While Holbrooke confirmed that ‘private talks’ were being held on the supply of civil nuclear technology to Pakistan, the US has also asked for details about the Pak-China civil nuclear agreement to see if it fits in with the international regime. By according preferential treatment to India in providing the civil nuclear technology, the US has disturbed the nuclear balance in South Asia and, thus, worked against Pakistan’s vital interests. But with the latest dialogue structured around 13 sectors, it has lost its strategic bias and become more tactical in nature. Accordingly, Pakistan’s core interests related to halting the drone strikes, transfer of armed drone technology, establishment of ROZs in FATA, enhanced market access or export quota for Pakistani goods or help in debt retirement or moratorium continue to remained unaddressed.

We ‘rejoiced’ at Obama’s unscheduled meeting with the Pakistani delegation, where he stated his support for democracy and stability in Pakistan. For many, his announcement to visit Pakistan next year was an ‘achievement’. But by choosing to visit India – Pakistan’s arch – rival first has he not snubbed his principal coalition partner in the war on terror? Where is the respect for the ‘most allied ally’ which sacrificed thousands of its soldiers and civilians to make America safe?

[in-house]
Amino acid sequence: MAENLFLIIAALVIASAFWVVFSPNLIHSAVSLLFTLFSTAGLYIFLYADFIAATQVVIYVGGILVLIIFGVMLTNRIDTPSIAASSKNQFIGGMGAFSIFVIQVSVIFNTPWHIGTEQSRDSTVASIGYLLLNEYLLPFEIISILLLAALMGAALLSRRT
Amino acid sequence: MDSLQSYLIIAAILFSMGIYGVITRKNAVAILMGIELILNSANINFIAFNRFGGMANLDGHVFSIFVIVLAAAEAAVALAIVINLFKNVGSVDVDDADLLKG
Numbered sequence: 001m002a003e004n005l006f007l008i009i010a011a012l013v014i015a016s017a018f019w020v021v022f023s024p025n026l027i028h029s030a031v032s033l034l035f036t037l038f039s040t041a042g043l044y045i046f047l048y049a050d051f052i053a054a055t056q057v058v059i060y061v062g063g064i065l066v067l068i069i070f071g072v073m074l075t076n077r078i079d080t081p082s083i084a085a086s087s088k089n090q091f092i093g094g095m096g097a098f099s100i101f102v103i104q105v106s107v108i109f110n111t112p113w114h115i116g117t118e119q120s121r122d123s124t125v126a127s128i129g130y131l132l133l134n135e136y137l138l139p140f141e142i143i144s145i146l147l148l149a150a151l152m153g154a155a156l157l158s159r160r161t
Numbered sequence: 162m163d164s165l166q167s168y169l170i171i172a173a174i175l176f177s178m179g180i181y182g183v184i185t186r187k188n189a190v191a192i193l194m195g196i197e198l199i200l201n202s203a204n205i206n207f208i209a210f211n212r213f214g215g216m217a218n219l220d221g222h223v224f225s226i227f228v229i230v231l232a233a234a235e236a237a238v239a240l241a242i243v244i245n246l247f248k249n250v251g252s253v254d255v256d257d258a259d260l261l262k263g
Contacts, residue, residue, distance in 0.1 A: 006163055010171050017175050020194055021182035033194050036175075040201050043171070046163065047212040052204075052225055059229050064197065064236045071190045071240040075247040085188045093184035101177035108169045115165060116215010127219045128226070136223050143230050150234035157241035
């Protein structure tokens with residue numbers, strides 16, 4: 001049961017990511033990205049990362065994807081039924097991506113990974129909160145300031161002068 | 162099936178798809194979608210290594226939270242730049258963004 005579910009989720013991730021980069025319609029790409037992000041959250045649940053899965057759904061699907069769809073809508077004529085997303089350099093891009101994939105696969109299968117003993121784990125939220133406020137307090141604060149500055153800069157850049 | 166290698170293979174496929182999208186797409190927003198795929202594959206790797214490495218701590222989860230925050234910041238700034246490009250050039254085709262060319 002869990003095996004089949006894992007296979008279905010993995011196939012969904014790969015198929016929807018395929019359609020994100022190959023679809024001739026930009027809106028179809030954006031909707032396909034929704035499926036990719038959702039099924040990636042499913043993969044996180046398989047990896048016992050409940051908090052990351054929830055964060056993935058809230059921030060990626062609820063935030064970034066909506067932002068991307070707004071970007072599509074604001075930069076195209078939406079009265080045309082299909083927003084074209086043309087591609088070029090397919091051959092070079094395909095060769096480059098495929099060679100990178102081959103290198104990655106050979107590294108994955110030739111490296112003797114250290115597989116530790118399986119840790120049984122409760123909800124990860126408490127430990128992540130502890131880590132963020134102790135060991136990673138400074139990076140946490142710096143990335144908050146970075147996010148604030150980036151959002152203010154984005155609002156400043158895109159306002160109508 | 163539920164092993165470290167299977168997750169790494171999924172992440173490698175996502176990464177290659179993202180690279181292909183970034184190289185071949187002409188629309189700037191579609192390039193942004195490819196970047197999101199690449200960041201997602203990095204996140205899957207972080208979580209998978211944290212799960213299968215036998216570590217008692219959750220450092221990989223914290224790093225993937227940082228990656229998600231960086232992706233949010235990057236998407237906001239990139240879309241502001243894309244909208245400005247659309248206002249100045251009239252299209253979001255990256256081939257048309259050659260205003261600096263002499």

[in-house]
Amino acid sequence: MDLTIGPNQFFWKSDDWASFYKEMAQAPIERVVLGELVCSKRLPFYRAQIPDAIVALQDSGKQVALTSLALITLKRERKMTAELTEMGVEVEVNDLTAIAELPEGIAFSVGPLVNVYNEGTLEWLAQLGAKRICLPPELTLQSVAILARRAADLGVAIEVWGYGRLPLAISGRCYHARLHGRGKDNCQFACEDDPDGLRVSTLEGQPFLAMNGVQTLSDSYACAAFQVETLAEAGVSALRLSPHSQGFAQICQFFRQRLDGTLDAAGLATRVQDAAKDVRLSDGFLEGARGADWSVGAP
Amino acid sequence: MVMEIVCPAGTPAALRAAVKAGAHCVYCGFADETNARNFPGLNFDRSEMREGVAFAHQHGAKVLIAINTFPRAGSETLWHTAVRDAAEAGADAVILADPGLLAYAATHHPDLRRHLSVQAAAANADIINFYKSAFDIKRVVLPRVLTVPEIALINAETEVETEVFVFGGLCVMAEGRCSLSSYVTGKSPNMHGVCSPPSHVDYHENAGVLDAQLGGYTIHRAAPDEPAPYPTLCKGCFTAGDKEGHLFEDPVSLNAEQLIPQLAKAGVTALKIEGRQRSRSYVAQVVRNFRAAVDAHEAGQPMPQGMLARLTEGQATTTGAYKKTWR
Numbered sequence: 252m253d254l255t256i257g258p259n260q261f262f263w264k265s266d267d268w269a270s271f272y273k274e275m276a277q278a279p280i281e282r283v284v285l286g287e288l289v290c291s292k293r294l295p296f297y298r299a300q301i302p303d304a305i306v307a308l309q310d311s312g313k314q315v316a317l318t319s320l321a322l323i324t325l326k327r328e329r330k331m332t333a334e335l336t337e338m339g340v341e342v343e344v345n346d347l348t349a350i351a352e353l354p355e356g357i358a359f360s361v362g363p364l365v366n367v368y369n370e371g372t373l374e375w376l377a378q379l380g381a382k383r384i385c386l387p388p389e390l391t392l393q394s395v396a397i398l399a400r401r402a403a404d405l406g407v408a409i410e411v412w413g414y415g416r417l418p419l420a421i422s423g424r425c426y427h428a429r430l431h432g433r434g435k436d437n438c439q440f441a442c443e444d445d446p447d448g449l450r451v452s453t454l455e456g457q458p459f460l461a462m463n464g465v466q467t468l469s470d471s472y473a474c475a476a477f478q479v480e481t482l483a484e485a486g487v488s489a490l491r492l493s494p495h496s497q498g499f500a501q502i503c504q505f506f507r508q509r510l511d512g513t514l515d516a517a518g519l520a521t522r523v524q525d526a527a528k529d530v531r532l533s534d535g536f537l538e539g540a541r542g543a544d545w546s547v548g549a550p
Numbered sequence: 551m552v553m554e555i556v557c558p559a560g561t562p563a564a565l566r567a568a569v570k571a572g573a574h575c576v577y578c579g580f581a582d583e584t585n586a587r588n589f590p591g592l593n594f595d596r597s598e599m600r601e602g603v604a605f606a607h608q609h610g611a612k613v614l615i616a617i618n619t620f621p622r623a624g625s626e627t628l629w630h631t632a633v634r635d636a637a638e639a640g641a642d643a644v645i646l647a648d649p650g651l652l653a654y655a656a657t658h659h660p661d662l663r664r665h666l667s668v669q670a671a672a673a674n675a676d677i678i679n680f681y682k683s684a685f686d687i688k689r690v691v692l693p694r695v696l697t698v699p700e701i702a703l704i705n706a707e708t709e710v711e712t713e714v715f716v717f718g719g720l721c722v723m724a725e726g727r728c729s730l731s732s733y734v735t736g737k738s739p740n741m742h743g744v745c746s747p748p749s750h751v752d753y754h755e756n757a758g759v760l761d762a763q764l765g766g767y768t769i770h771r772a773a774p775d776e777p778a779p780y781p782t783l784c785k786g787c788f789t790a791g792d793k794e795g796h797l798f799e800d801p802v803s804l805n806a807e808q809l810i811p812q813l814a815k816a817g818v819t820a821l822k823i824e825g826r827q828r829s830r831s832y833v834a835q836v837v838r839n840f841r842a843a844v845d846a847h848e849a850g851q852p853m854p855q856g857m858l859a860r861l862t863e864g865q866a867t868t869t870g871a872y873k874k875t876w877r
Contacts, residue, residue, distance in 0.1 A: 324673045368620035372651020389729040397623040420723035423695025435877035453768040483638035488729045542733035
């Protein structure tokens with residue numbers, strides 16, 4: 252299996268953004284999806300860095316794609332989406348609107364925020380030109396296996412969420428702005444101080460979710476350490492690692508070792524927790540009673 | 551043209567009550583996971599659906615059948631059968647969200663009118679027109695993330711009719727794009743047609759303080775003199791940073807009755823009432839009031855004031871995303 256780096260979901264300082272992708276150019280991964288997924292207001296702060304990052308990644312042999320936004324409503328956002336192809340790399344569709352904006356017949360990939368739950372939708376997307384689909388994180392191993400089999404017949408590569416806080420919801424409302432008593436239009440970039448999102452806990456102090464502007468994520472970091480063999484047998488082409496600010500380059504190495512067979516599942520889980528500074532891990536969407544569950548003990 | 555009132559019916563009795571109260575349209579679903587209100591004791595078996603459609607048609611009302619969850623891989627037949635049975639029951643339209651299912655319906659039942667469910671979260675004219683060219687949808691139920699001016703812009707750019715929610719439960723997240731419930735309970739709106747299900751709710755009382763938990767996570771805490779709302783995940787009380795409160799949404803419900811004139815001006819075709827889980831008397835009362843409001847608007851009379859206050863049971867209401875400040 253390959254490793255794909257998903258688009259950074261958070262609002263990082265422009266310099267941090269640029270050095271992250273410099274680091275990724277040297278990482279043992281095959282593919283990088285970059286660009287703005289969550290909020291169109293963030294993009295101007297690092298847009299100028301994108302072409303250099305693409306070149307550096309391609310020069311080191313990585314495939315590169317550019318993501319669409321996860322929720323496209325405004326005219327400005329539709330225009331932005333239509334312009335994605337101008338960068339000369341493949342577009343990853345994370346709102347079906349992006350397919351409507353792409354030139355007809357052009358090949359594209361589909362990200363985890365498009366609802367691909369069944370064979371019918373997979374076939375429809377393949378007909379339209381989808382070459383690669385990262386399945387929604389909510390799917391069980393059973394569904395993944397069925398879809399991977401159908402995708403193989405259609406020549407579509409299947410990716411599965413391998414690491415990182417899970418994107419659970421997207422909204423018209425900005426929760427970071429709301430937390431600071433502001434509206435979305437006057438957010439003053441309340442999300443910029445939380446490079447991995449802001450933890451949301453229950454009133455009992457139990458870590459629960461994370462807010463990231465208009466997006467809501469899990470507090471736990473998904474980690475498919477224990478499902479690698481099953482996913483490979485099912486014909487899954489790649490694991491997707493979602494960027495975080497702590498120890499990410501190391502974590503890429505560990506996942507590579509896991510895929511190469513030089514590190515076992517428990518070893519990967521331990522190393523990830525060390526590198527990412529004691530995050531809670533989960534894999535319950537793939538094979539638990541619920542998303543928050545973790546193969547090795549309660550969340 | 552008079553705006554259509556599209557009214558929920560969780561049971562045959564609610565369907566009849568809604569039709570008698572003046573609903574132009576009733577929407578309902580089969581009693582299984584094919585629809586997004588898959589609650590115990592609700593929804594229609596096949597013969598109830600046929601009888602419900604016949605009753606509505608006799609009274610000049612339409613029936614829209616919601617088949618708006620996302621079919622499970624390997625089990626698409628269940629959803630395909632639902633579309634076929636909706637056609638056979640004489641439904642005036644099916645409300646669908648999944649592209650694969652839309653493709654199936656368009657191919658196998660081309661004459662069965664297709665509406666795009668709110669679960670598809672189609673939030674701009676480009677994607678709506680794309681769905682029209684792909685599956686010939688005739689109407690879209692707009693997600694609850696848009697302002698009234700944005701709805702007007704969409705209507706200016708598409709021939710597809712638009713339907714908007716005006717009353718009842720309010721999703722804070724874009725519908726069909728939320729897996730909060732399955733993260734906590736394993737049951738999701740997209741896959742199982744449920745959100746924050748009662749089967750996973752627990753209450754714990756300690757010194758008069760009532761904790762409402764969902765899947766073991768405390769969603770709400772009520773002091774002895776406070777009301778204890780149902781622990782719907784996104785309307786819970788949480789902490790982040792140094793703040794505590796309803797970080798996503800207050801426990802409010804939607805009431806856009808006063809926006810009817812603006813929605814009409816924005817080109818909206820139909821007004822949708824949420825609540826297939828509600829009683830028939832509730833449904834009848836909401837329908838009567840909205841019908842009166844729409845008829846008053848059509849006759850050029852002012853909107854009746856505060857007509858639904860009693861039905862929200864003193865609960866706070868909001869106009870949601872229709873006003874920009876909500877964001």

Undoubtedly, there are fundamental differences between Pakistan’s strategic understanding with China vis-à-vis the ongoing interaction with the US. While Pakistan enjoys a deep strategic partnership with its Chinese friends, based on sincerity, mutual trust and free of coercion or strings, the cosmetic dialogue with the US is more of a game of chess clouded under suspicion and mistrust. With the Chinese there is less of dialogue and more of substance, that has produced marvels like the Karakoram Highway, Gwadar Port, Aeronautical Complex Kamra, Heavy Industries Taxila and Chashma nuclear reactors involving complete transfer of technology. On the contrary, the $2.29 billion military assistance pledge for 2012 to 2016, which is subject to US Congress approval and that approximates to a yearly $400 million plus, can be best described as peanuts and would fail to compensate for the losses and wear and tear of military equipment. Given their prohibitive prices, even used or refurbished F-16s and Cobra helicopters would be out of reach, a fact recently confirmed by our Defence Minister.